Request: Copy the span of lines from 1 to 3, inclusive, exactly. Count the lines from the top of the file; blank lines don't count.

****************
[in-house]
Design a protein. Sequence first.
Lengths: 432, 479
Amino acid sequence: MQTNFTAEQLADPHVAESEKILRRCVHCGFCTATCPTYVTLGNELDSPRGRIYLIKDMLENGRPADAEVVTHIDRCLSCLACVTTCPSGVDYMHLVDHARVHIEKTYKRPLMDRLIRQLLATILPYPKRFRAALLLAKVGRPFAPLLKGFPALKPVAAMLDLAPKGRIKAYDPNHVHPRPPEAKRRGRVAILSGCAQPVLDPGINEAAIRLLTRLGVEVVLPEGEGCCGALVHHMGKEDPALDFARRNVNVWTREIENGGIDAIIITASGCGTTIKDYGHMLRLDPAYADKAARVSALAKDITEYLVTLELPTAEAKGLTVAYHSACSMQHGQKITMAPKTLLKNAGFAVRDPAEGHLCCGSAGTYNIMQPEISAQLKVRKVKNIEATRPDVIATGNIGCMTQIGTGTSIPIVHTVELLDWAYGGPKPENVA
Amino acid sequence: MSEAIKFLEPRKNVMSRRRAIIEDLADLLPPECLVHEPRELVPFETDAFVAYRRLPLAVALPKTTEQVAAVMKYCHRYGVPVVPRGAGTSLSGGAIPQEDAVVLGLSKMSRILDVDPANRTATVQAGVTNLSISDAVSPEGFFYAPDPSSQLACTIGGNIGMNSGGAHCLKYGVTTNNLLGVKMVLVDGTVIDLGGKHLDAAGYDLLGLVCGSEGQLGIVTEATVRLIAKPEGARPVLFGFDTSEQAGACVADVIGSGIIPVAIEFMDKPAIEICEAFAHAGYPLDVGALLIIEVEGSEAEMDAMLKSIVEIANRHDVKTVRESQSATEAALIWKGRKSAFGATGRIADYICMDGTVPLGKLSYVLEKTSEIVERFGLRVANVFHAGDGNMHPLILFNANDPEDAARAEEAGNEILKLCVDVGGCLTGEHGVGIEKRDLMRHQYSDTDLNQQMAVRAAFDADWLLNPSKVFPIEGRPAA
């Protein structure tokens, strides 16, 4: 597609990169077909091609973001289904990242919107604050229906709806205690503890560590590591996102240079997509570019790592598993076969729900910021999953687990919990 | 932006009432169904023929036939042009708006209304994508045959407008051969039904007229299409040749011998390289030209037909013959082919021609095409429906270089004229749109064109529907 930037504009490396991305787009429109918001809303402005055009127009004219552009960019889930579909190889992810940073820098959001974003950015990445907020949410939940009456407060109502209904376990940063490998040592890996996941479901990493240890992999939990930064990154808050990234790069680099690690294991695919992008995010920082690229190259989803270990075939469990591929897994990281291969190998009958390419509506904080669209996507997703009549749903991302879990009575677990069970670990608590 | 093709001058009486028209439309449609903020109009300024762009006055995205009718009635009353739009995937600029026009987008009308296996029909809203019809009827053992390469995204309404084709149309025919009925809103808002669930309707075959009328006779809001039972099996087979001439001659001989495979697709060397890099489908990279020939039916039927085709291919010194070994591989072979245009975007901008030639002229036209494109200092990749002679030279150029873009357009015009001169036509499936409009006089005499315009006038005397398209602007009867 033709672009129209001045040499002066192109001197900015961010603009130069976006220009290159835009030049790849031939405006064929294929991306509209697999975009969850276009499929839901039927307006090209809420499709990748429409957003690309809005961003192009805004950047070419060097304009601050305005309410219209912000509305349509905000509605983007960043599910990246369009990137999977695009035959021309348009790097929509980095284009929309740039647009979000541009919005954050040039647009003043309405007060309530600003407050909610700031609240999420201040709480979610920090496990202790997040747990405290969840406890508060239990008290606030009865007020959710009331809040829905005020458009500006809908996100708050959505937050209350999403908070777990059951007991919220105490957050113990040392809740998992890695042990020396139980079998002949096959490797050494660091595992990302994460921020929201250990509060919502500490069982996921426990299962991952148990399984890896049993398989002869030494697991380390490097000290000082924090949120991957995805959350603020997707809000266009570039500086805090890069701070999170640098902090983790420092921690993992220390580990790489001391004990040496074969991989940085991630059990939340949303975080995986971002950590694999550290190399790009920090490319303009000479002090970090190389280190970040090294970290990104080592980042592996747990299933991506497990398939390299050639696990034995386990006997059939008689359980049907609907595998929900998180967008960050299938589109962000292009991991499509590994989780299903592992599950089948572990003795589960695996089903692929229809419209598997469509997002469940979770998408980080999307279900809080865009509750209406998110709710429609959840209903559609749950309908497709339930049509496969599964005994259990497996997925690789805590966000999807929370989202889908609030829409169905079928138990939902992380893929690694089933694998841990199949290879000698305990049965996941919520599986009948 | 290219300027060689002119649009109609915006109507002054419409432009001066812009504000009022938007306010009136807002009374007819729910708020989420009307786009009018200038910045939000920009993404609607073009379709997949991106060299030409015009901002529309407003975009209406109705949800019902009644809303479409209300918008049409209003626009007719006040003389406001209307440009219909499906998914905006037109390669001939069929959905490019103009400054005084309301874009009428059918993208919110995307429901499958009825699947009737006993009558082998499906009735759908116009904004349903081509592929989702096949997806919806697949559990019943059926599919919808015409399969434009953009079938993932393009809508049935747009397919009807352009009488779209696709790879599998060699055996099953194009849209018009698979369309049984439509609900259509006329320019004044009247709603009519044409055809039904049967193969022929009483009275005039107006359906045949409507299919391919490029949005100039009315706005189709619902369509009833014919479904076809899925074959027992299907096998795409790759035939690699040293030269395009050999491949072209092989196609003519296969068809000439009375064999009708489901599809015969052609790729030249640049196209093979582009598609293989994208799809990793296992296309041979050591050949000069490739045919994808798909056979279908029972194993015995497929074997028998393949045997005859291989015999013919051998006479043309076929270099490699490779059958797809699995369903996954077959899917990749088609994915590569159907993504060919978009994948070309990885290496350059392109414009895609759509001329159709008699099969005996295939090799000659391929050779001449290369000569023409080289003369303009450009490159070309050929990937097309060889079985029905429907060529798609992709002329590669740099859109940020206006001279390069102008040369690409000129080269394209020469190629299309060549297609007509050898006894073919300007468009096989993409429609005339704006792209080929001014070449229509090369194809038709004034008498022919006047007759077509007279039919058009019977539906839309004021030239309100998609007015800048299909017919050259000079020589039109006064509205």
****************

[in-house]
Design a protein. Sequence first.
Lengths: 432, 479